In what may be unsettling news for Houston, Devon Energy Corporation is closing its Houston, Texas office and shifting operations to Oklahoma City, where it has its corporate headquarters. The Houston office has been in charge of operations in Texas, Louisiana, Ohio and Michigan.
There were an estimated 500 employees working at the Houston office. Some of those employees will be transferred to Oklahoma City, the rest will be offered severance packages. The process of layoffs and transfers is expected to be completed and the newly consolidated operations up and running by the end of the first quarter of 2013. According to paperwork filed with the Texas Workforce Commission, Devon planned to cut 53 positions the first two weeks of January 2013 and then continue layoffs through the end of March, 2013.
Devon stated it expects this move to save $80 million per year from administrative and personnel expenses. Conversely, the cost of the restructuring and reorganization will cost Devon $125 million. The company has had some problems recently, as Devon posted a net loss of $179 million in the quarter that ended on September 30, 2012. Most of that loss was due to $1.1 billion non-cash impairment charge. Devon indicated that this move will allow it to be more flexible and to quickly move its workforce to wherever it is most needed at any given time. Devon officials also expect the consolidation to increase efficiency by promoting increased sharing of best practices within the home office.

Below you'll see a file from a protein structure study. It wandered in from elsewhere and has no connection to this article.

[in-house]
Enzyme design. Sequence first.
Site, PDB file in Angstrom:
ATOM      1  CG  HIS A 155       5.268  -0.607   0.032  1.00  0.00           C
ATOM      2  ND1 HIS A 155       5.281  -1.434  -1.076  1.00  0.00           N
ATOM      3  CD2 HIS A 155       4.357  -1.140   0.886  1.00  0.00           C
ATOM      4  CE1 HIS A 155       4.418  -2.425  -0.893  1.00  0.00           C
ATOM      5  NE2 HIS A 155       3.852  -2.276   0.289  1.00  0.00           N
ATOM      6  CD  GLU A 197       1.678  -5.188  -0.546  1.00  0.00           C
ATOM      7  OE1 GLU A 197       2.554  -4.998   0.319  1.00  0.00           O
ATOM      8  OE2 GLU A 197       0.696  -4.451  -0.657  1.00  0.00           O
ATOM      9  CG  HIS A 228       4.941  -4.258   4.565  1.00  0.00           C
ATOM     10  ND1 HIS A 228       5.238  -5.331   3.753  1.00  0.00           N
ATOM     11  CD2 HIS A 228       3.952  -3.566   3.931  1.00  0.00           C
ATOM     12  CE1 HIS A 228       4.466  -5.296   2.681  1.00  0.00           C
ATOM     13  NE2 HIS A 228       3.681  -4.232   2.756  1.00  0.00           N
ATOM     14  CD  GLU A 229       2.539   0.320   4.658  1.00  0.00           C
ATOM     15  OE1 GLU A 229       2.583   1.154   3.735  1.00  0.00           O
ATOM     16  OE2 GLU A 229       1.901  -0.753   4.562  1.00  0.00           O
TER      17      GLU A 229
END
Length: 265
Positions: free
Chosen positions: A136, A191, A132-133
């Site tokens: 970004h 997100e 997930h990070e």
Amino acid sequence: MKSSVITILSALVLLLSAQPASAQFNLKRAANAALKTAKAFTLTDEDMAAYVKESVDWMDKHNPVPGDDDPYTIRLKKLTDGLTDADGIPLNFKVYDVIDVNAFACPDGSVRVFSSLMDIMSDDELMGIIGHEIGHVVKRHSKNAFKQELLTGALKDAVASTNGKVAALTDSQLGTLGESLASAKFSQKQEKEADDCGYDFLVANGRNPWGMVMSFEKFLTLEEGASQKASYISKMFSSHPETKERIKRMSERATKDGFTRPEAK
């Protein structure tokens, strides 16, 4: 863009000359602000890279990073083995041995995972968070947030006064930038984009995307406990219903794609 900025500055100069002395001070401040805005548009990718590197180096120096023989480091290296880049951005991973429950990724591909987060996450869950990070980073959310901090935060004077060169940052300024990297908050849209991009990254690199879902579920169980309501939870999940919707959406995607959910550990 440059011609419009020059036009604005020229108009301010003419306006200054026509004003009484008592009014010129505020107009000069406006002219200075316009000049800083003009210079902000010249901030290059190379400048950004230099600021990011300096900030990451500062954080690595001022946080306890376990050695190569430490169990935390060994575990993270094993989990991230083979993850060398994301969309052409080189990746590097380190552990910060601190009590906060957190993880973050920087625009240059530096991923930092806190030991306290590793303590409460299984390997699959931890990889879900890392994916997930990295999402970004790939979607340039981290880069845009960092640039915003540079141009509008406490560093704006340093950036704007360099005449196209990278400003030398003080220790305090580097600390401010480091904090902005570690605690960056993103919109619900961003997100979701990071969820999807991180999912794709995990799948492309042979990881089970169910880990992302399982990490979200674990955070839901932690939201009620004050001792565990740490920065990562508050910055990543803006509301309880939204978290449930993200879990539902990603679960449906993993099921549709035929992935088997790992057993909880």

The closing of the Houston office will free up 560,000 square feet of office space in the Allen Center complex in downtown Houston. Tim Relyea, a vice chairman at a Houston brokerage firm, said, “It’s like dropping a major 500,000-square-foot building in downtown that wasn’t there last week. Companies that were close to making a decision on a location to move have more options now. It may help downtown and it may attract someone who is in the suburbs now.” So this move by Devon could bring new and up and coming companies into the downtown Houston area.
We will have to wait and see how the Devon move affects Houston and the Texas oil and gas industry in the long run. Devon continues to operate profitable wells in Texas. Devon’s oil production has been 143,000 barrels per day, which is a 14 percent increase over last year. Devon’s president and CEO, John Richels, stated, “Devon’s capital program has delivered strong results this year with aggressive drilling programs in oil-focused basins. As we have pursued higher-returning oil projects, we also have de-emphasized natural gas drilling, limiting overall production growth. This is exactly the right tactical decision for Devon in this environment and is consistent with our longstanding strategy to optimize returns as opposed to top-line production growth.” So Devon will continue to play a role in Texas’s economy in the future.
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